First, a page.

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Need help on an old case.

Discussion in 'Criminal Records, Expungement' started by LegalyCurious, Apr 30, 2018.

  1. LegalyCurious

    LegalyCurious Law Topic Starter New Member

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    I'm trying to find out the realities of getting a troublesome misdemeanor charge that I was forced into pleading guilty to erased.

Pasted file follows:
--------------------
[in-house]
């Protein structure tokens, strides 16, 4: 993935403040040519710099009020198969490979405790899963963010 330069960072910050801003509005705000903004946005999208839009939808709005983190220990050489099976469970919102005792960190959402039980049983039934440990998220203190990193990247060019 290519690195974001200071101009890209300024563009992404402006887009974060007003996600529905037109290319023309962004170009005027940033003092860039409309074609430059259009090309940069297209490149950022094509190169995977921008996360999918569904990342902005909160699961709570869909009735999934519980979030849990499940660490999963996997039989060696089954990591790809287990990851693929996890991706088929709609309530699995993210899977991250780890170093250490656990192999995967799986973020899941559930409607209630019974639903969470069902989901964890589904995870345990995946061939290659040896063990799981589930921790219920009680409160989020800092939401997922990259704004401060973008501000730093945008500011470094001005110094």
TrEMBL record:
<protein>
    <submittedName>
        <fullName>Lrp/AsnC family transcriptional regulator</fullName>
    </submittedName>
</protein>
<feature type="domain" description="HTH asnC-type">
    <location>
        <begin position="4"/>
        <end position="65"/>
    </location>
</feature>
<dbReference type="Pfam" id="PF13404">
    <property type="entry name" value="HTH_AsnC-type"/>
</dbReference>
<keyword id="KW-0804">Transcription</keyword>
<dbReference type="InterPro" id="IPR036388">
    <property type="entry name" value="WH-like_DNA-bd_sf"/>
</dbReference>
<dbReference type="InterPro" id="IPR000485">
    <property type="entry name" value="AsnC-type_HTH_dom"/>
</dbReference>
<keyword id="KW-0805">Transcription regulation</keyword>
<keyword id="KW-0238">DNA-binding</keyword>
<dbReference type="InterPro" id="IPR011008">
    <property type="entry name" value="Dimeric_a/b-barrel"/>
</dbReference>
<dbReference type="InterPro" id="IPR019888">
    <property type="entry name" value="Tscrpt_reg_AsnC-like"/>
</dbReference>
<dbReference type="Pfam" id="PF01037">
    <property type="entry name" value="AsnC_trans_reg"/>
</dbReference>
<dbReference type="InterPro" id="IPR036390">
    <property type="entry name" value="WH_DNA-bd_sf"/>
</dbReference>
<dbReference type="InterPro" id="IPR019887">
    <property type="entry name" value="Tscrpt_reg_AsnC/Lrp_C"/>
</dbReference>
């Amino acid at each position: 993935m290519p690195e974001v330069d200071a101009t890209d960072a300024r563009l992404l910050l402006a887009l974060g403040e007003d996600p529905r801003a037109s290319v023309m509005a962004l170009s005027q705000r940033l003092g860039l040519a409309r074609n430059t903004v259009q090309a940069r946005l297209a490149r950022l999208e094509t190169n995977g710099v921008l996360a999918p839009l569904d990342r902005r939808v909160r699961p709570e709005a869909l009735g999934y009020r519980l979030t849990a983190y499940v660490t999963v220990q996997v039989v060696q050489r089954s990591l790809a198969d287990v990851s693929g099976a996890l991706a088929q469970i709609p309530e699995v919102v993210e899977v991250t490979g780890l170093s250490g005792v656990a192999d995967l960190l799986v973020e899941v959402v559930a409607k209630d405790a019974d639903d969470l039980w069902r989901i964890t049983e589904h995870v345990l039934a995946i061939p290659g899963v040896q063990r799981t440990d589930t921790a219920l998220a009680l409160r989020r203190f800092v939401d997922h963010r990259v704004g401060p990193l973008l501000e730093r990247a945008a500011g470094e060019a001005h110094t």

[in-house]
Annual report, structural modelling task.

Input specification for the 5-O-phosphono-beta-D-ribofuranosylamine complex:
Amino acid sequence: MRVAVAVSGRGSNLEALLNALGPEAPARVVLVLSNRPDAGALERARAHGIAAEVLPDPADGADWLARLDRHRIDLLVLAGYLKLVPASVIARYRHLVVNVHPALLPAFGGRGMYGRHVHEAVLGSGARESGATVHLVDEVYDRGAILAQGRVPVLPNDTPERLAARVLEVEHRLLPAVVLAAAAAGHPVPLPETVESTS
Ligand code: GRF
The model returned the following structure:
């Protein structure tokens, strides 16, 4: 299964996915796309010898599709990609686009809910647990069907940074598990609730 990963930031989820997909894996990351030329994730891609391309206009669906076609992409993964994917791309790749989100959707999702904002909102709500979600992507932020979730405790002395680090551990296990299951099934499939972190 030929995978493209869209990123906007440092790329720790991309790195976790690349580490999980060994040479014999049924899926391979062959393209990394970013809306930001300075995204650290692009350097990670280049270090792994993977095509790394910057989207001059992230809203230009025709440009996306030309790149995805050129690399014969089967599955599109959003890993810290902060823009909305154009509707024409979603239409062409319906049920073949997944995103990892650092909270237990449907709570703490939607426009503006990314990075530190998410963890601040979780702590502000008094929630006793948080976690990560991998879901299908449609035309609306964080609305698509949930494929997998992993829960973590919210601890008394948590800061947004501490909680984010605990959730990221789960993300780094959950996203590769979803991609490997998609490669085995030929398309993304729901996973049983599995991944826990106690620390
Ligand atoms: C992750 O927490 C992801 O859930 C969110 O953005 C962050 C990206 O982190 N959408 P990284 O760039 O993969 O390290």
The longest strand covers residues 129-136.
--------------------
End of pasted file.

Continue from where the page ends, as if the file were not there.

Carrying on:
Years ago I got arrested for a felony and while I was being questioned (before I was arrested) I had my 2 belt knives on the back of my belt. (They were completely visible before I was stopped, and I know the laws on concealed weapons.) My shirt was tucked in but became untucked and covered my knives before I could tell the officers. Everytime I attempted to tell the officer that I had the knives I was told to be quite and they would get to me. Before I could explain or even had a chance to speak the officers partner saw my knives and I ended up with a concealed weapon misdemeanor charge as well. I was planning on fighting both charges but had no way of proving my innocence on the felony and ended up being talked into a plea deal that made me have to plead guilty to both charges. After 4 years of felony probation I was finally able to get the evidence to prove my innocence on the felony and the courts approved my motion for an after sentencing dismissal of the felony but the misdemeanor is still on my record. Now I can hardly find a job or place that will rent to me because I have a concealed weapons "conviction" (they never look into any of the fine details of a charge) on my record. My question is, is there a way that I can have the concealed weapons charge ether reopened, thrown out or expunged without a serious amount of money and aggravation? Also the county this happened in is almost 500 miles away from where I live now and I can not afford to travel there through months of court proceedings.